In response to the Tardis Cloister Bell (a moment which will surely have pleased diehard fans) the Doctor and Clara share a brief exchange in the console room, in which the Doctor makes it abundantly clear that he is in charge; there is only one Doctor. He also reveals his caring side, explaining his duty of care toward Clara.
There are frequent, subtle references to episodes past, notably, the Doctor's cue cards, one of which pays homage to Sarah Jane being taken home to the wrong city; particularly fitting since it was Toby Whithouse who revived Elisabeth Sladen’s much loved character, in his first Doctor Who story, School Reunion. Autons and Gangers, get a mention, and one of the ghosts is a Tivolian, a race introduced in The God Complex, also written by Whithouse.
There are even a couple of Star Trek references subtly incorporated into the story. Did you spot them? The mural on the wall features three characters who appear to be wearing the blue, red and yellow uniforms from the classic series. Also, the flood door which closes on Clara is labelled ‘1701B’. NCC1701-B is the ship registry number of the USS Enterprise from Star Trek; Generations, on which Captain Kirk was presumed killed.
The sets look magnificent, and the Tardis, replete with roundels has seldom looked better. The sonic sunglasses make another appearance, however, within the context of the episode, their use as a “relay”, transmitting the Doctor’s POV seems wholly appropriate, and they work surprisingly well.
Capaldi is, I feel, more “Doctor like” than ever before, and, perhaps, most surprising is Clara, who feels much more like a traditional companion. Once all of the “impossible girl” arc, love interests, and her work as a teacher are stripped away, she becomes much more credible as a companion. If there is one criticism to be found, it lies in the line “I want to kiss it to death”, which is, perhaps, one of the oddest things I have ever heard the Doctor utter. It is a piece of dialogue which doesn’t sit well with me at all, largely as it makes no sense whatsoever! Ultimately, though, one poor line does little to detract from an otherwise superb story.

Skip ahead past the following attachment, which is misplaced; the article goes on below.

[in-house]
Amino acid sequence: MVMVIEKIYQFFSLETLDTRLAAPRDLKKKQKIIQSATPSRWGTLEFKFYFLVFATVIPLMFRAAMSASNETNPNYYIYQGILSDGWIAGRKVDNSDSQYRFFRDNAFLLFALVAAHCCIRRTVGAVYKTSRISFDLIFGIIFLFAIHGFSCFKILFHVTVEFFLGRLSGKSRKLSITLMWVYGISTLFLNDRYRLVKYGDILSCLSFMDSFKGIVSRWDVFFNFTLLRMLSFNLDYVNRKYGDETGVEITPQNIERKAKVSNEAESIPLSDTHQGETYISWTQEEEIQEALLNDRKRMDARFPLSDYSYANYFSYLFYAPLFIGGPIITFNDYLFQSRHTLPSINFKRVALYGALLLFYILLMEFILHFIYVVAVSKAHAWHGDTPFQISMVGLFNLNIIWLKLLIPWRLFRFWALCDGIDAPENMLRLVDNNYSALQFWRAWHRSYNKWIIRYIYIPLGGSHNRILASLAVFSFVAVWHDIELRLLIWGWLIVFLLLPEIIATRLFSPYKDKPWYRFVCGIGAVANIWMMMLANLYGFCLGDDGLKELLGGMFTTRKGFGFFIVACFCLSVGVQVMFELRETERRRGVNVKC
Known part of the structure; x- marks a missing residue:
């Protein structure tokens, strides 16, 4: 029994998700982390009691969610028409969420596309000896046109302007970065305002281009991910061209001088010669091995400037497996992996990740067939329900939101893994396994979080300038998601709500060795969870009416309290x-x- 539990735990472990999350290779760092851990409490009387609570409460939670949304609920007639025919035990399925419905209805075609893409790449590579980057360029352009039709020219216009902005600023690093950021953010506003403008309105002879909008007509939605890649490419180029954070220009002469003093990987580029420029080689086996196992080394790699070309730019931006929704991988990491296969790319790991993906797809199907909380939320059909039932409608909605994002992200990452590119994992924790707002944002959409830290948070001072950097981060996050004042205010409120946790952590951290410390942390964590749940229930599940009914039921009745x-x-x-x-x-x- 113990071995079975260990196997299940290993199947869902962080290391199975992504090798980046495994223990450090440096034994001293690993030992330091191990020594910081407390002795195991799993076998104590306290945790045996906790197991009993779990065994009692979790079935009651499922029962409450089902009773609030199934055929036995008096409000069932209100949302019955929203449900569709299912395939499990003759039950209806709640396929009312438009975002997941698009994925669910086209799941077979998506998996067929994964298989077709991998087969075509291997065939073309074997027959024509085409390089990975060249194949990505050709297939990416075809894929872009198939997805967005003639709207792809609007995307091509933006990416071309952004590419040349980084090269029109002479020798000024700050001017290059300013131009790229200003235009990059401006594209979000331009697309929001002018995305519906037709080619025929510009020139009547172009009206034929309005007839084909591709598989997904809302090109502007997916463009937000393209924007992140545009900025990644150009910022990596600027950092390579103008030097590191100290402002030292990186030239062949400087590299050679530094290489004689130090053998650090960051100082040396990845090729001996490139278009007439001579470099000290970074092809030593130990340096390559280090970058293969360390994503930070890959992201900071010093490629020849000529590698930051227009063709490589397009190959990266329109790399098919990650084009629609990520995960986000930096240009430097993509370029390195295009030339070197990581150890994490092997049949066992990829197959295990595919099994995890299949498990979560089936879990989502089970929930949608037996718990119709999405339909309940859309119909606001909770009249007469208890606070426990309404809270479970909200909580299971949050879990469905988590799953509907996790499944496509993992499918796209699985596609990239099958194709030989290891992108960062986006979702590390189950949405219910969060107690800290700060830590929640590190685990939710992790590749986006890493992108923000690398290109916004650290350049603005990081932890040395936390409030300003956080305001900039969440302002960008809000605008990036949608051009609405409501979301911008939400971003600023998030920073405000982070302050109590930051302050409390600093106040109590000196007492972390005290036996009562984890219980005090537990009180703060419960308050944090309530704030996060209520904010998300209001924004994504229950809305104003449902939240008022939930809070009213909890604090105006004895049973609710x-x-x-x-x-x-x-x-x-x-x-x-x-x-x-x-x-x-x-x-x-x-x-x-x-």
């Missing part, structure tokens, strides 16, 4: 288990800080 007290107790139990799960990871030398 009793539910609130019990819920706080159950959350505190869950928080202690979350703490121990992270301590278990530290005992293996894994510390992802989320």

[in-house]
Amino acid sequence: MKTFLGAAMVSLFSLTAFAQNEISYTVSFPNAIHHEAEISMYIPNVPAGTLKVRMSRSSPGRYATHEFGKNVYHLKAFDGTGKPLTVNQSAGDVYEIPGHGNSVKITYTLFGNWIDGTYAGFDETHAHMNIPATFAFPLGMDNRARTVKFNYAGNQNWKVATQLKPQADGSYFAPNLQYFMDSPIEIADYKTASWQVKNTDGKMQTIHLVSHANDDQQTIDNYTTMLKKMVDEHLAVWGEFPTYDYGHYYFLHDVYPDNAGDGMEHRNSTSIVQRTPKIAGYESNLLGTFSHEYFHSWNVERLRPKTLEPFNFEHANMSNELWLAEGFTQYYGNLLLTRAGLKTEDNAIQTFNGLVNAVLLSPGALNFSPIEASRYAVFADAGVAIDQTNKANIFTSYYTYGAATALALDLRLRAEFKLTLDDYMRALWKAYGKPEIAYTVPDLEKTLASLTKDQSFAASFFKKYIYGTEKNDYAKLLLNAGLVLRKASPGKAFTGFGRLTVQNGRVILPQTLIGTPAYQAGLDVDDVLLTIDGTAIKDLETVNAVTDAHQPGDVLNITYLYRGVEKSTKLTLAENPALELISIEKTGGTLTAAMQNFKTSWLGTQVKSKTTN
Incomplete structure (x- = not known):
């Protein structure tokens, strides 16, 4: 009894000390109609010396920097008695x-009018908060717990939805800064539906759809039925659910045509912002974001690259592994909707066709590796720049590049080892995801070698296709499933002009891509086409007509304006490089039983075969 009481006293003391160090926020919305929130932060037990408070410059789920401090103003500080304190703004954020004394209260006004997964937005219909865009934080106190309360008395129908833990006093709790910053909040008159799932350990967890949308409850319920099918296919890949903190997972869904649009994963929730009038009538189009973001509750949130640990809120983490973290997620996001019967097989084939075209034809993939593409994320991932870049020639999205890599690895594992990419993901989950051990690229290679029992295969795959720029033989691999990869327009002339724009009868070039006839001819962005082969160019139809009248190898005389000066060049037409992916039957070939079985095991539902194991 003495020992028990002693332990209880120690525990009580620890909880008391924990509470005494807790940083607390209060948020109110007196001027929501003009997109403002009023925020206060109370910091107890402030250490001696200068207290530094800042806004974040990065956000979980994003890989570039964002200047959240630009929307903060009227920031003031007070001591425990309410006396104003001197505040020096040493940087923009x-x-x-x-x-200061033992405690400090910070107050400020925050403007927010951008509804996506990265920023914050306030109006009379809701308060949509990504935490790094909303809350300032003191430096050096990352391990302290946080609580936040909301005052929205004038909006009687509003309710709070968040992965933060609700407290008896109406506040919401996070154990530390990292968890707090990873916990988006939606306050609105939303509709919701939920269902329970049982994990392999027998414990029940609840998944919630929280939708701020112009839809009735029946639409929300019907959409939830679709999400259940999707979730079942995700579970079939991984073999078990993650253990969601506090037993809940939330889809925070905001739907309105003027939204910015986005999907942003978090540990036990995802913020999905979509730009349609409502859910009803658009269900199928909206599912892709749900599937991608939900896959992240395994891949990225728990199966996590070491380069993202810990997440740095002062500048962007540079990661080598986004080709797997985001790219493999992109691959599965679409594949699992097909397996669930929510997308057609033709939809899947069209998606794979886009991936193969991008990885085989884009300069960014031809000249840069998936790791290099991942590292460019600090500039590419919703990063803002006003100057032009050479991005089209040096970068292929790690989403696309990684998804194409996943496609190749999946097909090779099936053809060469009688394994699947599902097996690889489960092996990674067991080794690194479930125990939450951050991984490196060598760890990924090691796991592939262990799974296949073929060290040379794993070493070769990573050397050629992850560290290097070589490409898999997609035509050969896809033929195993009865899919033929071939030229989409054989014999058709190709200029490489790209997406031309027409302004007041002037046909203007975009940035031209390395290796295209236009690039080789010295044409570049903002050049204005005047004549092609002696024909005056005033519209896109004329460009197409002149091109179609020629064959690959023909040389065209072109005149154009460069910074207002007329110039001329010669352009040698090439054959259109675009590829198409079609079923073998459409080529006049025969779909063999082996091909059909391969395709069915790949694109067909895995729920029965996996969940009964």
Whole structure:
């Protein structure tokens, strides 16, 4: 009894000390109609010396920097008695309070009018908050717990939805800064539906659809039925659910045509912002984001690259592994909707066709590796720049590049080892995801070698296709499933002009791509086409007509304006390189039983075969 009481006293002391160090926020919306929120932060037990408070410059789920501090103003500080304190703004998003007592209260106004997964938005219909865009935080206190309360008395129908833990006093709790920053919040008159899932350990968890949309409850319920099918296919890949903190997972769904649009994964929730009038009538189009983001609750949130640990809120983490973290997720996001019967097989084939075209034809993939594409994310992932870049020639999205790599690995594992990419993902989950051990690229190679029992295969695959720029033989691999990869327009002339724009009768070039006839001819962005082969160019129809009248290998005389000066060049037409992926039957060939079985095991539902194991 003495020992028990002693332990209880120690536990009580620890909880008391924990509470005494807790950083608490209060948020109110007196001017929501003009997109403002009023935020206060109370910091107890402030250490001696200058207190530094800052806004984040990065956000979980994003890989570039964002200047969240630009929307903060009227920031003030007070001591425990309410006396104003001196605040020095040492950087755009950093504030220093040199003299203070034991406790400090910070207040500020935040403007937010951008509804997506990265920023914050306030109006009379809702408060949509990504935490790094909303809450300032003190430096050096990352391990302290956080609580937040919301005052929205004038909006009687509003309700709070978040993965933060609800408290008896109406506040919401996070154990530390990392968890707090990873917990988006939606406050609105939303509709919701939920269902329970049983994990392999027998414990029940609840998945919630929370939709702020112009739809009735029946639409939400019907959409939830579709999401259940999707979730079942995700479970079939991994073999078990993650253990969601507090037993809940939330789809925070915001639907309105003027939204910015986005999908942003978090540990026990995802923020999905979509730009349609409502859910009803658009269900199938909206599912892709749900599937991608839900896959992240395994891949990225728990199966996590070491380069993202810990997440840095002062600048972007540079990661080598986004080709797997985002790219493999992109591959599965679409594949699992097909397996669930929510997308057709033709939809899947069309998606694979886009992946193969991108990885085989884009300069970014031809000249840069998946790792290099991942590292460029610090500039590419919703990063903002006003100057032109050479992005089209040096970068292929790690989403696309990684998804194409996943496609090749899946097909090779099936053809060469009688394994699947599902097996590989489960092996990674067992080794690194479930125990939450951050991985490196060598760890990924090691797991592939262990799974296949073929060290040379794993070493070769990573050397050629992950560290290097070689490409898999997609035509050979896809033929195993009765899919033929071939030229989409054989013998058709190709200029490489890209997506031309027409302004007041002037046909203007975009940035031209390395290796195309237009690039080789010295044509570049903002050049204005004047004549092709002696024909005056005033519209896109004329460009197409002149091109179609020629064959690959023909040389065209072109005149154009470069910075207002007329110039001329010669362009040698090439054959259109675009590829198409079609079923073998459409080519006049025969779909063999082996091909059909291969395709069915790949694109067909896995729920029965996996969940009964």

The episode has strong horror elements, but is carefully suffused with enough humour to balance this, without detracting from the “scare factor”, and there are numerous questions raised, which will keep us all guessing until next week. Why doesn’t the ghostly Pritchard murder Lunn? Why did the ghosts summon the submarine, or more specifically, why do they need more people to convert. Why are they only able to utilise metallic objects, and who, or what, is in the stasis pod?
The cliff-hanger suggests a degree of complexity to the next episode, with the climax featuring the Doctor leaving The Drum and travelling back in time to investigate the origins of the craft. Could it be that the stasis pod contains The Doctor himself?
Ultimately, there is very little to fault with Under The Lake. It is fast paced, entertaining, horrifying and funny, all in the right places. Moreover, it feels like a classic series story, which is perhaps fitting, as it has all the makings of becoming a classic in its own right.
Those of you who follow me on Twitter
may have noticed my comment in which I remarked that I felt this was the best episode since Vincent and the Doctor
. Having rewatched the story, it is a comment I retract. Under The Lake
In fact, I would posit that it is, arguably, the best episode since Waters of Mars
. It feels, in every sense, like a true classic, which can be summed up in three words.. Fantastic.. Bloody fantastic!
With The Magician’s Apprentice and The Witch’s Familiar earning 8/10 and 6.5/10 respectively, it is an absolute joy to assign a score of 9.5/10 for Under The Lake.